EPS 95 revamp: An endless wait for retired private sector pensioners

LN Revathy Coimbatore | Updated on February 06, 2018

The undue delay in the constitution of a high-level committee to revamp the Employees’ Pension Scheme (EPS) 1995 has made millions of retired private sector pensioners wonder if the government would come to their aid during their life time. For, come July, it will be a year since then Labour Minister Bandaru Dattatreya had gone on record stating that the government would constitute a high-level panel to revamp the EPS and plug gaps, if any, in the process.

Six months have gone by but there has been no sign of revamping the scheme, nor has there been any mention in the recent Budget announcement. It has not undergone any big structural change in the last 20-odd years either. A Supreme Court ruling in November last had raised the hopes of pensioners, who believed they would get a higher pension as the court had directed the Employees’ Provident Fund Organisation (EPFO) to divert the money from the provident fund of the retirees to the pension account retrospectively and pay pension on the higher salary. But this came under cloud with the stand taken by EPFO. (It appears that only those pensioners who went to court managed to get a hefty hike).

What is EPS

It is a known fact that every employee in the organised sector contributes 12 per cent of his/her basic salary + DA to EPF. A matching contribution is made by the employer, of which 8.33 per cent goes to EPS. There is a ceiling on the salary that is considered for EPS deduction. Till September 2014, this contribution was capped at 8.33 per cent of Rs 6,500, which worked out to Rs 541. The capped wage was subsequently increased to Rs 15,000 and the contribution to EPS increased to Rs 1,250 (8.33 per cent of Rs 15,000).

According to EPS rules, an employee with the consent of the employer can hike the contribution to 8.33 per cent of the actual salary (if it exceeded the capped wage of Rs 15,000). This provision was in force till September 2014, when EPS saw some major amendments to the scheme.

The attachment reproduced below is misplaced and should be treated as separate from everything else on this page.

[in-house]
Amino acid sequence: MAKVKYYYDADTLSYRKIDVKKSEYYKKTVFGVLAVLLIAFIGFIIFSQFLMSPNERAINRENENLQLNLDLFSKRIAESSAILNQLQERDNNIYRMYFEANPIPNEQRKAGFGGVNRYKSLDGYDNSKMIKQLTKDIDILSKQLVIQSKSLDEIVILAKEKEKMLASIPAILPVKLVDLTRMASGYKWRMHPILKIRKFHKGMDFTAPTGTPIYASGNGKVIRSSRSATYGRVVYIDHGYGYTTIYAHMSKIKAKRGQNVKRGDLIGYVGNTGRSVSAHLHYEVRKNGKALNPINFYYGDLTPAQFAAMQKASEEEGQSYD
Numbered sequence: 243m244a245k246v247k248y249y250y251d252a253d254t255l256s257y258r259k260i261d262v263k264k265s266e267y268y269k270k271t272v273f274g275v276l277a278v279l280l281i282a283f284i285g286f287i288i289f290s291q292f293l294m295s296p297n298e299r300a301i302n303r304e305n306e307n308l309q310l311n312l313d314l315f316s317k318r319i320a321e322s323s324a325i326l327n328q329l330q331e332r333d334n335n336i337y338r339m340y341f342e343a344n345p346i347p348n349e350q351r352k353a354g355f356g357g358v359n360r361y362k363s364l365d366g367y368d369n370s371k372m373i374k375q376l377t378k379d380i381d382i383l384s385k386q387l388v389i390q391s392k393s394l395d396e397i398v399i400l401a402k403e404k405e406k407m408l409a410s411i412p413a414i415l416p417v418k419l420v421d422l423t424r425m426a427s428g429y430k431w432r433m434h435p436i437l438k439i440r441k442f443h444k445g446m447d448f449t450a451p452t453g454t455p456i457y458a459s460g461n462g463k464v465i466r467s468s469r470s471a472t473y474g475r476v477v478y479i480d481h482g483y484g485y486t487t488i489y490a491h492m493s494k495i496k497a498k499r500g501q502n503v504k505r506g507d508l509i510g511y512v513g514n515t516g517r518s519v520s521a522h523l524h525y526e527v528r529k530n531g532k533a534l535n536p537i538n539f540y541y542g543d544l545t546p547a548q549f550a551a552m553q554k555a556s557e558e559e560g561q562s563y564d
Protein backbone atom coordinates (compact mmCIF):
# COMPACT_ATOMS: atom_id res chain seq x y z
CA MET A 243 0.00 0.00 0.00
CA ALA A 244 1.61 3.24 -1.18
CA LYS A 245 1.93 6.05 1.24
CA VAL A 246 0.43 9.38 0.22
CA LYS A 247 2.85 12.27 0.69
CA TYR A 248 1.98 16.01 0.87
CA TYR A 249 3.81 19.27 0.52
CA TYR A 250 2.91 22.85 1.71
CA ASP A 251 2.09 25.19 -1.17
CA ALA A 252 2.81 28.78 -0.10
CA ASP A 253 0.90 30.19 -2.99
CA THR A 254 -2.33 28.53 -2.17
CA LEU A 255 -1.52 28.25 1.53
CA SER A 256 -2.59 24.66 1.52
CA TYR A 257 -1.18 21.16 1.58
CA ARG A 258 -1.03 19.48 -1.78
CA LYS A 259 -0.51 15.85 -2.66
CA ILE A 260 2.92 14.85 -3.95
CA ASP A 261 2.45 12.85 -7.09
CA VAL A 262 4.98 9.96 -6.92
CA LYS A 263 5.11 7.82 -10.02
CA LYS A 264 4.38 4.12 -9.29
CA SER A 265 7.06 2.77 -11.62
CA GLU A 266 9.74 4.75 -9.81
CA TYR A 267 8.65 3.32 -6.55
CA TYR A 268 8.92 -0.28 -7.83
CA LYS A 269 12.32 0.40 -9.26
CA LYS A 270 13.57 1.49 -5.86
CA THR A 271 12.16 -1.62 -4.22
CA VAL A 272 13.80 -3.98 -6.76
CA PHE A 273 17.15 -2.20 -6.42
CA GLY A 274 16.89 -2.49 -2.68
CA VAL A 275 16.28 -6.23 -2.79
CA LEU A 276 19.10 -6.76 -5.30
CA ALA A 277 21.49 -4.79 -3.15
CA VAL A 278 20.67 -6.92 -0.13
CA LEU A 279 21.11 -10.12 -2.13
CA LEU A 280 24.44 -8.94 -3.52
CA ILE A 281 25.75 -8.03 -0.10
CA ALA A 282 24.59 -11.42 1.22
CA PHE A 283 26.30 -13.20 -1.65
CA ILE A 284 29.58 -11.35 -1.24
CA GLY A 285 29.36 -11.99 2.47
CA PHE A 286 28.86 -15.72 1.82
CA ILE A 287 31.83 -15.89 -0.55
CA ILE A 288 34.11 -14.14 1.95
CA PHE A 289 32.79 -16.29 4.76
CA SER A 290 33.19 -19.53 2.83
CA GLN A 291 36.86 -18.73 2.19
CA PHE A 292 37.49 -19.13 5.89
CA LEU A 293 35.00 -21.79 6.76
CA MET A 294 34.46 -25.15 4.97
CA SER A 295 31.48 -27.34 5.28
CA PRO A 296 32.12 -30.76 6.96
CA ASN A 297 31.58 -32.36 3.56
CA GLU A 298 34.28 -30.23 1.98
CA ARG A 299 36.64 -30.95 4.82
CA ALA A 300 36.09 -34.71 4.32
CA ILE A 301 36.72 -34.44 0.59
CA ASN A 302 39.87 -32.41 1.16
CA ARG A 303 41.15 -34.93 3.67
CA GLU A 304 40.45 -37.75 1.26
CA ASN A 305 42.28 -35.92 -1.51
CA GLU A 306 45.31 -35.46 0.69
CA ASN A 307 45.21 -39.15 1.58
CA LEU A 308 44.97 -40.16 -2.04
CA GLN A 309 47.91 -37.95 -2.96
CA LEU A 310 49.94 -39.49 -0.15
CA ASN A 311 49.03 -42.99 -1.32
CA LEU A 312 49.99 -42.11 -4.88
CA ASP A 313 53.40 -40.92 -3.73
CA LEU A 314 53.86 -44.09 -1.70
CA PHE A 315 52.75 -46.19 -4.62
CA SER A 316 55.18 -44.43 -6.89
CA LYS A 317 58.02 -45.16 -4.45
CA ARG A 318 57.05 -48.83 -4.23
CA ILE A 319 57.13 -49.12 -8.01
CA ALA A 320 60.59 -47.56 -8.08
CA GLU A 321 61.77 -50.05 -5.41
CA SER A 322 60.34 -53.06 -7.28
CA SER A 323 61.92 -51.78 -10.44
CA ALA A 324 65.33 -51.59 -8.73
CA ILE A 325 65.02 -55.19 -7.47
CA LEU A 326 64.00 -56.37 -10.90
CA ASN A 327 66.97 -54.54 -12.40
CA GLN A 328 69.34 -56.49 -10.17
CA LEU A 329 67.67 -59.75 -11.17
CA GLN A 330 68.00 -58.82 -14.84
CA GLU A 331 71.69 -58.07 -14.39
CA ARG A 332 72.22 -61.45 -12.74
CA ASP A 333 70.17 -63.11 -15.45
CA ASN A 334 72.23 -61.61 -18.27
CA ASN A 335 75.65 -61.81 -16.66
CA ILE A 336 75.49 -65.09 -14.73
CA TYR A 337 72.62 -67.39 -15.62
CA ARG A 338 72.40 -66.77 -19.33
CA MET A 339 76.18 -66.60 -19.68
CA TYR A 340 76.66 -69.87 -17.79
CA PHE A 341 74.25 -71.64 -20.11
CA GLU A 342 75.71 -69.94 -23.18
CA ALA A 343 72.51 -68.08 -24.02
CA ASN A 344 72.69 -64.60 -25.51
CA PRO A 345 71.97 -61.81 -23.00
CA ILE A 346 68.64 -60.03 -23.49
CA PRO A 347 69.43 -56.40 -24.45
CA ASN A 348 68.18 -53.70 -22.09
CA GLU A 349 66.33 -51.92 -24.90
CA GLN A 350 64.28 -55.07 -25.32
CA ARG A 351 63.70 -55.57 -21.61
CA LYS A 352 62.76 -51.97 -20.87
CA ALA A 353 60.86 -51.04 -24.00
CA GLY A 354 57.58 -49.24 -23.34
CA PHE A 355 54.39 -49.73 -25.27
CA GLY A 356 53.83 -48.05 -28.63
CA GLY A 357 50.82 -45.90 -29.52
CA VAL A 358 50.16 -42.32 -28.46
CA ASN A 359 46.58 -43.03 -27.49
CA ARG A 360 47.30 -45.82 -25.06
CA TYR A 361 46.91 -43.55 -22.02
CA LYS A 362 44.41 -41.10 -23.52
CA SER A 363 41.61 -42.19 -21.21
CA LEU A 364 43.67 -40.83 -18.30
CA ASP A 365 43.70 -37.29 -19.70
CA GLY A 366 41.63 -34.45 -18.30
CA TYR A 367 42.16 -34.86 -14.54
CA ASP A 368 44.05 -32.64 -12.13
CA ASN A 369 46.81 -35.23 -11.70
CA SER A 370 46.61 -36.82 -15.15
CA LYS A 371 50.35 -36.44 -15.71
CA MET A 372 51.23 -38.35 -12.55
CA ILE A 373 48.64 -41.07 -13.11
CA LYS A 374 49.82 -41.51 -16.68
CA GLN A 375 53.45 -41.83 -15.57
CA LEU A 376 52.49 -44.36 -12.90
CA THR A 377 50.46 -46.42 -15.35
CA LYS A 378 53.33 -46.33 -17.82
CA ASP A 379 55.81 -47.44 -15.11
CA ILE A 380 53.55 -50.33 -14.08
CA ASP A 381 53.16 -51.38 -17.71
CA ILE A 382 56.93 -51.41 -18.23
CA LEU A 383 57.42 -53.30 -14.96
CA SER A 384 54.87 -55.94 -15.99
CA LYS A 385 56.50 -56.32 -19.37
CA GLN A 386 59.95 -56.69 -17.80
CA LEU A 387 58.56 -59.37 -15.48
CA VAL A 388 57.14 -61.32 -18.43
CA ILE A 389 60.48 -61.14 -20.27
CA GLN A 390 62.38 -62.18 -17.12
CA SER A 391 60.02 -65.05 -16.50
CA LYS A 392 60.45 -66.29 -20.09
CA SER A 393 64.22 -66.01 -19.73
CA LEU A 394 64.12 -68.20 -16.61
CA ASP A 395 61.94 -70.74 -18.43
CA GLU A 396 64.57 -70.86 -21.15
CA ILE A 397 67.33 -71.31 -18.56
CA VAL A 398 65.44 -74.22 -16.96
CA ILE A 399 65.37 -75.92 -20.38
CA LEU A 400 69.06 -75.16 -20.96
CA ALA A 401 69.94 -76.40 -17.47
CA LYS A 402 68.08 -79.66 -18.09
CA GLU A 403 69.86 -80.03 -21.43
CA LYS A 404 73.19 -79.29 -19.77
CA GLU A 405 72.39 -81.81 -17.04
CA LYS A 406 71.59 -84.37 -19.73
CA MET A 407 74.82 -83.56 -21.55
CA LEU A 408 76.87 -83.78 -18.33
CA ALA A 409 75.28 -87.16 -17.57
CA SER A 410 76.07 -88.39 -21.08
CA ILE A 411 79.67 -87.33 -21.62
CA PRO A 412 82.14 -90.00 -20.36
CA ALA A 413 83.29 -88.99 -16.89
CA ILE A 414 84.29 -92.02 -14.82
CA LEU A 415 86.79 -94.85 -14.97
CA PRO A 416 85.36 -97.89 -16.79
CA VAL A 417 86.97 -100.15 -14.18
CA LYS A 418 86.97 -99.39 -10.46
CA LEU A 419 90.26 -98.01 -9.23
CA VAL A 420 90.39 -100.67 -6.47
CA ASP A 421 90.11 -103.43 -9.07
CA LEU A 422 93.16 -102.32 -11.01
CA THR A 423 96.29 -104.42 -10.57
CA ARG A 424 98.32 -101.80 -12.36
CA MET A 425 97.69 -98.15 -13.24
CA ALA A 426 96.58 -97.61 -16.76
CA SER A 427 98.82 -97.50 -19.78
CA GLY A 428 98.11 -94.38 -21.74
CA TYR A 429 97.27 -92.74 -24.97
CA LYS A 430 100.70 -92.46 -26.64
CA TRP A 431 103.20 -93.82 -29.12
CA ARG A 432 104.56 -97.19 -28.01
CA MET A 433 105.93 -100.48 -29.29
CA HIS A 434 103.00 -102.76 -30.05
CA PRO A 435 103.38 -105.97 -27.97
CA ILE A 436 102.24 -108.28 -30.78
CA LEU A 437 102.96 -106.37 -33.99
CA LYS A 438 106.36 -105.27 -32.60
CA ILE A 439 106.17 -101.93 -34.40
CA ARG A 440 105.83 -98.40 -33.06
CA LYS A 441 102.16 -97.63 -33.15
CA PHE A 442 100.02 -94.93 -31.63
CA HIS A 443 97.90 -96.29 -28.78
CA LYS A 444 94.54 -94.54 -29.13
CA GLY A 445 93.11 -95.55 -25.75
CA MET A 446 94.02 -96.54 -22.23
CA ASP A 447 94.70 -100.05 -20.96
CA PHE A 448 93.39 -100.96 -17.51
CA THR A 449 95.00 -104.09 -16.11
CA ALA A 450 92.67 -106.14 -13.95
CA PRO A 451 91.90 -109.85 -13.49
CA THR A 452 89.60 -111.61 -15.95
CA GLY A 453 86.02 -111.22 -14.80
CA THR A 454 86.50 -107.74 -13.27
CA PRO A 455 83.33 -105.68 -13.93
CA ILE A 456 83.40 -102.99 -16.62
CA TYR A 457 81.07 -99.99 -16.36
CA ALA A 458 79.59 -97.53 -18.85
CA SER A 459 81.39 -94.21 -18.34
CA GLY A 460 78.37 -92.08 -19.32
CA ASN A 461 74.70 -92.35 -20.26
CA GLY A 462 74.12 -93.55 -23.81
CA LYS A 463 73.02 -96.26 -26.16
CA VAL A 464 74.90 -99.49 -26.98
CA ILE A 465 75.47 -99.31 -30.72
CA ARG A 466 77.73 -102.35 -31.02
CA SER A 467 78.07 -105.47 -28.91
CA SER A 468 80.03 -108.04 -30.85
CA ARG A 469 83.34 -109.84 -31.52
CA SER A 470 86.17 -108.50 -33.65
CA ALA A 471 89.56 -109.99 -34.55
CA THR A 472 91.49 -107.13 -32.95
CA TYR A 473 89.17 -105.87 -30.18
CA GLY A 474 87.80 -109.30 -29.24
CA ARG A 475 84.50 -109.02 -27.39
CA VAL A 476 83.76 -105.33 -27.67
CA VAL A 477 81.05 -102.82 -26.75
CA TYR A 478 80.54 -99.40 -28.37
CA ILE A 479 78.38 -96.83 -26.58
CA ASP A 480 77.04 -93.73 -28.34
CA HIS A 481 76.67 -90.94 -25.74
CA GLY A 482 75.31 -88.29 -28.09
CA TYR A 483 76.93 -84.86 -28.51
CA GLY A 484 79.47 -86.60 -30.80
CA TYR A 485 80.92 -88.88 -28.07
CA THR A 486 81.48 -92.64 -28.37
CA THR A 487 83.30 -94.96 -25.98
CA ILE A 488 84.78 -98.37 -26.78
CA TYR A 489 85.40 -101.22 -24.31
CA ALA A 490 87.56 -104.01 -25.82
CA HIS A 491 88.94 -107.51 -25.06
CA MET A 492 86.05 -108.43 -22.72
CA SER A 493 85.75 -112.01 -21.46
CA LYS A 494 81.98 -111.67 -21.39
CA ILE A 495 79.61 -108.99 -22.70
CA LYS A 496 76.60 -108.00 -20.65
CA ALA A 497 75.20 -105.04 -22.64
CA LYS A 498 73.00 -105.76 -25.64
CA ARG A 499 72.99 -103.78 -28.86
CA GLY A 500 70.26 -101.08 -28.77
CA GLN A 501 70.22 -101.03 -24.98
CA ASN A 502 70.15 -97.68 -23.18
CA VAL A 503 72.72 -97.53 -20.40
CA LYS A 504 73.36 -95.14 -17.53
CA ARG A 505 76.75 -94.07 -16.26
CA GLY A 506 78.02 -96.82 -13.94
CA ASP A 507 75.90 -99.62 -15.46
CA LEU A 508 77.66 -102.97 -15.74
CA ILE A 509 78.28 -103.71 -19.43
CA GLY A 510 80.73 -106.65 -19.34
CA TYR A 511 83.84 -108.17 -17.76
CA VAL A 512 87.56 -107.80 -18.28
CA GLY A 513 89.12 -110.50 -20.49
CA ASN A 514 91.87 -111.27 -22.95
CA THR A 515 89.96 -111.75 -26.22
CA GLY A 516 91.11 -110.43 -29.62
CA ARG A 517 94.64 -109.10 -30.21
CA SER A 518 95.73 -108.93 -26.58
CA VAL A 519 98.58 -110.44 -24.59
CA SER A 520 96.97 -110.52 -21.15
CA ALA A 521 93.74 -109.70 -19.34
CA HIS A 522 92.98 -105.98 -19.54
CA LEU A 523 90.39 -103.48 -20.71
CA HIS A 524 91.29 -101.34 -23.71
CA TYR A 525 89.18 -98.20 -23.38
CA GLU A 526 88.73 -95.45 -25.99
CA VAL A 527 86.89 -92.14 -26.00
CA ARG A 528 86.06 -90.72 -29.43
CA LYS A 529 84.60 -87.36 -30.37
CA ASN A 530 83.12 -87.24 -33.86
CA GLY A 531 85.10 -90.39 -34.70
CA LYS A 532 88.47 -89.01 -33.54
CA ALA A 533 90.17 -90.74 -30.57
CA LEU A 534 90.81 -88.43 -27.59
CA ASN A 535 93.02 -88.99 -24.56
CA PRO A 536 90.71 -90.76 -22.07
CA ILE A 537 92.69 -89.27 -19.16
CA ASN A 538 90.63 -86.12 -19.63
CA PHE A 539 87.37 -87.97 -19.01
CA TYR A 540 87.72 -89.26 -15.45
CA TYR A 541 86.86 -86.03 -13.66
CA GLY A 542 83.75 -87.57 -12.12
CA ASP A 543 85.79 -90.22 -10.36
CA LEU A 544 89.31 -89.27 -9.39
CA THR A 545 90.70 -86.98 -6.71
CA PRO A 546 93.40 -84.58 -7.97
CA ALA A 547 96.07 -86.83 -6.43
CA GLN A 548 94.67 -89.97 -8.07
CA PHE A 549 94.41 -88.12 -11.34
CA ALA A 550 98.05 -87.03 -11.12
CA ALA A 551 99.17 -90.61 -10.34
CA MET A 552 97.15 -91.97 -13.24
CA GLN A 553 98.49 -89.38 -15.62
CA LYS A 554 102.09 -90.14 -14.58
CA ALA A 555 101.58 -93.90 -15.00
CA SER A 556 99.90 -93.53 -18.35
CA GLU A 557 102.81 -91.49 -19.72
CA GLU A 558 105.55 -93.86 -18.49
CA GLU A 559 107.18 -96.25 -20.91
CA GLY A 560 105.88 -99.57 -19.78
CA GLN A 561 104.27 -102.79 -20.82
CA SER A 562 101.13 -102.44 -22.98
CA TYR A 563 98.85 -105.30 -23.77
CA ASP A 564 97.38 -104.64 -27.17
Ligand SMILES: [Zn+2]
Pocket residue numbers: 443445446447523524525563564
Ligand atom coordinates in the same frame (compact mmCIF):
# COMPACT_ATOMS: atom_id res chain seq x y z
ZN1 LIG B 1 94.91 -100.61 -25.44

The amendments include :1. EPFO notified that new employees who earned more than the capped wages (of Rs 15,000) would not be eligible for EPS; 2. existing subscribers, who were contributing on higher salary could continue to do so, provided they made a fresh request along with the employer within 12 months; and 3. for employees who were contributing on capped wages, the option to up contributions was no longer available.

There were several categories of employees, such as those that joined after September 2014 and earned more than Rs 15,000 and were, therefore, not covered by the pension scheme, existing employees – contributing on higher salary and others - contributing on capped wages.

Plight of private sector retirees

Pensioners, particularly retirees from the private sector, aver that the government should step in to revamp the scheme in toto, and bring some parity in the pension structure of government and private sector employees. “With escalating inflation and falling interest rates, the middle class is left with fewer options for a stable income post-retirement,” says R Yegya Narayanan, a retired private sector employee, stressing the need for an immediate revamp of the pension scheme.

He had, like many other pensioners, submitted an application to his former employer for pension revision in the wake of the Supreme Court's verdict, which has since been forwarded to the EPFO, besides drawing the attention of the PMO to the issue. But the reply from the PMO's office “has been totally disappointing”. They simply said the appeal for “enhancement of minimum pension will not be possible as EPS 1995 is a self-funded scheme, with contributions of 8.33 per cent of wages from the employer and 1.16 per cent of wages by the Centre. Since the year 2000, the fund had run into deficit and no additional relief could be paid. In spite of the fund deficit, the government has enhanced the minimum pension to Rs 1,000 per month by providing budgetary support,” Narayanan told this correspondent, sharing the copy of the mail sent to the PMO.

Questioning the stand, he said “we were of the view that even those who did not go to court for pension revision were eligible for higher pension provided they paid back to EPFO the amount received as matching PF payment and interest, thereon, when they retired. Denial of this opportunity is gross discrmination. Should they now approach the court to seek similar relief?,” he asks, highlighting the plight of senior citizens and the lack of social security for such ageing population in the country. “With the Lok Sabha polls due in early 2019, the issue brooks no delay,” he added.

Published on February 06, 2018

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